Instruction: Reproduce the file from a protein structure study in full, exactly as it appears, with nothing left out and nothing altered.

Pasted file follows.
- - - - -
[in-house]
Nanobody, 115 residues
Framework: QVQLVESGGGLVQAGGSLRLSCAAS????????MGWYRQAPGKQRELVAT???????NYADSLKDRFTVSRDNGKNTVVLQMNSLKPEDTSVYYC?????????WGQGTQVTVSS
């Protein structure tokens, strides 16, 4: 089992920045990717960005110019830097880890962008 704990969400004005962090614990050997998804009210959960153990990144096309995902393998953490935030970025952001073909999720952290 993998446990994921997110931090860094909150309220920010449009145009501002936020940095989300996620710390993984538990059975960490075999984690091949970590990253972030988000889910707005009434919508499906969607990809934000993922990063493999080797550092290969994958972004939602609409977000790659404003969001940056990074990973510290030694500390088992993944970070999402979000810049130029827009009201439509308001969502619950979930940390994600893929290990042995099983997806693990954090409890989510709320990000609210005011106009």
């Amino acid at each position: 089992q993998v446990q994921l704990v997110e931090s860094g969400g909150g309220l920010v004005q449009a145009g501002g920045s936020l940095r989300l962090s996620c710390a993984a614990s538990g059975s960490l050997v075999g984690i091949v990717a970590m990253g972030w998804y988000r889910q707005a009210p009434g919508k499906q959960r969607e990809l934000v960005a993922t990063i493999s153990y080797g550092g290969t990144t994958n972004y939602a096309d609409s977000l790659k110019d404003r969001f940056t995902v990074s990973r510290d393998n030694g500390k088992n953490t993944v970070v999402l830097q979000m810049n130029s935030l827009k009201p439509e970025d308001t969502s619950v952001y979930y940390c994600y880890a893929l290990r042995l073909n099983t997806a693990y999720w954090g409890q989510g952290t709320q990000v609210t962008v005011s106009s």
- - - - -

[in-house]
Nanobody, 115 residues
Framework: QVQLVESGGGLVQAGGSLRLSCAAS????????MGWYRQAPGKQRELVAT???????NYADSLKDRFTVSRDNGKNTVVLQMNSLKPEDTSVYYC?????????WGQGTQVTVSS
């Protein structure tokens, strides 16, 4: 089992920045990717960005110019830097880890962008 704990969400004005962090614990050997998804009210959960153990990144096309995902393998953490935030970025952001073909999720952290 993998446990994921997110931090860094909150309220920010449009145009501002936020940095989300996620710390993984538990059975960490075999984690091949970590990253972030988000889910707005009434919508499906969607990809934000993922990063493999080797550092290969994958972004939602609409977000790659404003969001940056990074990973510290030694500390088992993944970070999402979000810049130029827009009201439509308001969502619950979930940390994600893929290990042995099983997806693990954090409890989510709320990000609210005011106009």
């Amino acid at each position: 089992q993998v446990q994921l704990v997110e931090s860094g969400g909150g309220l920010v004005q449009a145009g501002g920045s936020l940095r989300l962090s996620c710390a993984a614990s538990g059975s960490l050997v075999g984690i091949v990717a970590m990253g972030w998804y988000r889910q707005a009210p009434g919508k499906q959960r969607e990809l934000v960005a993922t990063i493999s153990y080797g550092g290969t990144t994958n972004y939602a096309d609409s977000l790659k110019d404003r969001f940056t995902v990074s990973r510290d393998n030694g500390k088992n953490t993944v970070v999402l830097q979000m810049n130029s935030l827009k009201p439509e970025d308001t969502s619950v952001y979930y940390c994600y880890a893929l290990r042995l073909n099983t997806a693990y999720w954090g409890q989510g952290t709320q990000v609210t962008v005011s106009s």